PS... A Column

on Things

By Paul E. Schindler Jr.

Some things are impossible to know, but it is impossible to know these things.

I have a day job. So every word of this is my opinion, not that of my employer. This offer IS void in Wisconsin. Except, of course, that some material in this column comes from incoming e-mail; such material is usually reproduced in the Sans Serif type font to distinguish it from the (somewhat) original material.

To Pay For This Column Voluntarily
Tales of Teaching 2004
Tales of Teaching 2005

P.S. A Column On Things: July 14, 2003

July 14, 2003 Vol. 5, No.29

Table of Contents:

General News

  • Teaching Ahoy And Other Matters
  • What Broadcast Call Letters Stand For
  • Political Notes

Computer Industry News

  • Craig Reynolds' Technobriefs
  • Happy Birthday Tron

Web Site of the Week

  • None


  • The Top 15 Reasons Top5 Has Never Insulted You (Part II)
  • The Top 16 Cities Named by Potheads
  • The Top 15 Signs Your Online Romance Is Bogus


  • Whale Rider


  • Grobstein File, Craig's Notes

General News

Teaching Ahoy And Other Matters

I start teaching summer school Monday. For the next three weeks, these columns (at least up here at the top where I have to do the writing) may be a little on the thin side. I'll try to keep you posted as I ride the bronco, but right now I'd just like to be a chapter or two ahead.

So what was I doing going to Whale Rider? Because both girls wanted to see it and I wanted to be with them, that's why.

And of course, we take off after lunch today for the French Laundry restaurant in Yountville, which I mentioned two months ago--selected by a group of British restaurant reviewers s the best French restaurant in the world. Marlow's suggestion; it's an early birthday party for Vicki. Our reservation is for 9:15 and we'll be spending the night at the Napa Marriott. I'll let you know how it was next week.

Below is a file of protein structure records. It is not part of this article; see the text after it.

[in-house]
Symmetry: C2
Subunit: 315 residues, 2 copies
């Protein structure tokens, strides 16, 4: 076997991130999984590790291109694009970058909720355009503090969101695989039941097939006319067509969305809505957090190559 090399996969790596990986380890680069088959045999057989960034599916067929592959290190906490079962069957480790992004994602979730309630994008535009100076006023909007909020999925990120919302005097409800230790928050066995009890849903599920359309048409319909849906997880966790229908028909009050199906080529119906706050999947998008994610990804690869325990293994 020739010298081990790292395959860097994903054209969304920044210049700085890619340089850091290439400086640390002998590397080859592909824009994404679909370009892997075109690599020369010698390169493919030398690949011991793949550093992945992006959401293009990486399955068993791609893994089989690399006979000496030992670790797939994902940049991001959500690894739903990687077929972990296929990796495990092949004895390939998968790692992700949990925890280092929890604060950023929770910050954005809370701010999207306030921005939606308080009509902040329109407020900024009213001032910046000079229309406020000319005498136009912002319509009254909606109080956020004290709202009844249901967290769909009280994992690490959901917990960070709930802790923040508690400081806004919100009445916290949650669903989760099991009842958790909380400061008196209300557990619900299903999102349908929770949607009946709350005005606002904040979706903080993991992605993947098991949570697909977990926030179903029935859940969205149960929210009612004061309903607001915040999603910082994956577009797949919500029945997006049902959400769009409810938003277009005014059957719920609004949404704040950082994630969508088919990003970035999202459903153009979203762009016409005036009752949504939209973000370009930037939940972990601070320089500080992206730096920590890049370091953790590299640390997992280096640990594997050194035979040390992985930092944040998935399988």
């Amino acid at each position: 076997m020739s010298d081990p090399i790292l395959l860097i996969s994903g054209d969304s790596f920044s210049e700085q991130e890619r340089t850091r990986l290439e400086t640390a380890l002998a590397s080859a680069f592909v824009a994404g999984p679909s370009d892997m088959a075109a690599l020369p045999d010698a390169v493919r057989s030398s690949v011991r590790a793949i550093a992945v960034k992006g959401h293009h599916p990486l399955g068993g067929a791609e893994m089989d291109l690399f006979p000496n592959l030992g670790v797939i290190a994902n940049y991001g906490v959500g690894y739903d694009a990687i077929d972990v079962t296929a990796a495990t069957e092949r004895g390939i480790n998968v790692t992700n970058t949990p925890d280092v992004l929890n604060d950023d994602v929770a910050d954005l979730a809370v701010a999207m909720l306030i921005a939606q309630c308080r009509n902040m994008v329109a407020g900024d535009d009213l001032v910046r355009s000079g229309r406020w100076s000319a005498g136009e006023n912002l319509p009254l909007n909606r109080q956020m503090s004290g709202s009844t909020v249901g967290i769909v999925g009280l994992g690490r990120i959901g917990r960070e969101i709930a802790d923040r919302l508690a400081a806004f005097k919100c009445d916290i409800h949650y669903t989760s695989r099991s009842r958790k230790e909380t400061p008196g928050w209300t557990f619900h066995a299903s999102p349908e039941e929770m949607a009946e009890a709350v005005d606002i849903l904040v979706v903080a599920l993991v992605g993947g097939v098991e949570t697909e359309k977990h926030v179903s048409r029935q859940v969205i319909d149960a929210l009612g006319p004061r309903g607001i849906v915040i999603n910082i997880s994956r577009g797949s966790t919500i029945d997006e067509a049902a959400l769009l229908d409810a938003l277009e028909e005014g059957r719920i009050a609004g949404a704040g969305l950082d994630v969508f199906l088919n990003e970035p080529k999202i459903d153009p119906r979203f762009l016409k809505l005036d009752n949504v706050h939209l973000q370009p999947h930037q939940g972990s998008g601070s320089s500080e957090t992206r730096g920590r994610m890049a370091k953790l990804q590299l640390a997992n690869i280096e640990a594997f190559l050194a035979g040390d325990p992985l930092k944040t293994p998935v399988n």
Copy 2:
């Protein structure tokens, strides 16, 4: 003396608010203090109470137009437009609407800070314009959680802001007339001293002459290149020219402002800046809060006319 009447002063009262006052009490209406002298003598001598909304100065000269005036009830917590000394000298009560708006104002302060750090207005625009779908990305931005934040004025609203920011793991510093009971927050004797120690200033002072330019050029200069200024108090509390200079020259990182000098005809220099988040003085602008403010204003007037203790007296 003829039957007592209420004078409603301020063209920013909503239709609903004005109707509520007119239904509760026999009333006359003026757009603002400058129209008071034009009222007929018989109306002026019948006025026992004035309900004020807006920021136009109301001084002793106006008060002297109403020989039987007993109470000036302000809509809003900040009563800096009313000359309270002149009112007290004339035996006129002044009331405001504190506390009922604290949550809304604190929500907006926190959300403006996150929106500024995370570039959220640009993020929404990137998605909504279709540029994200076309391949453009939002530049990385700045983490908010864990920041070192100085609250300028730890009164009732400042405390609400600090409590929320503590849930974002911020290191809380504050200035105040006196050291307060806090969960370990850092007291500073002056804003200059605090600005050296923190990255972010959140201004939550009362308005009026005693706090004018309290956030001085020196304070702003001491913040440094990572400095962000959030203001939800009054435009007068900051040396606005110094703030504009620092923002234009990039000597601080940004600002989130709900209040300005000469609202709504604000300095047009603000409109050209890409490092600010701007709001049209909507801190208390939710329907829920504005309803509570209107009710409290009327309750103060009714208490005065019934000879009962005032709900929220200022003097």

What Broadcast Call Letters Stand For

I was also fascinated by the fact that WLS stood for World's Largest Store (Sears) and WGN meant World's Greatest Newspaper (Chicago Tribune), WCFL stood for Chicago Federation of Labor and KOIN in Portland, Ore. (my home town) meant Oregon Independent Newspaper (The Oregonian) while KPOJ stood for "Portland Oregon Journal" (the now-defunct afternoon daily for which I once toiled) and KBPS stood for Benson Polytechnic School, my high school alma mater. Turns out there are hundreds of such stories from around the U.S. and even around the world. My college station, once WTBS (for Technology Broadcasting System) is now WMBR (Walker Memorial Basement radio). Anyway, there's a lot of these stories, and if you've always wondered what your local stations' call letters mean, check out my call letters page, which includes links to the people who REALLY keep track of this phenomenon. As a billboard in my hometown once said, we've been KISN your wife while you were away.

Political Notes

Facts about Iraq you may not have known, from my friend Richard Dalton:

This is from a presentation I attended recently, put on by the Cape Codders for Peace and Justice--a very effective local group.

Main points from Benjamin Joffe-Walt (Human Shields Iraq) talk in Brewster 6/19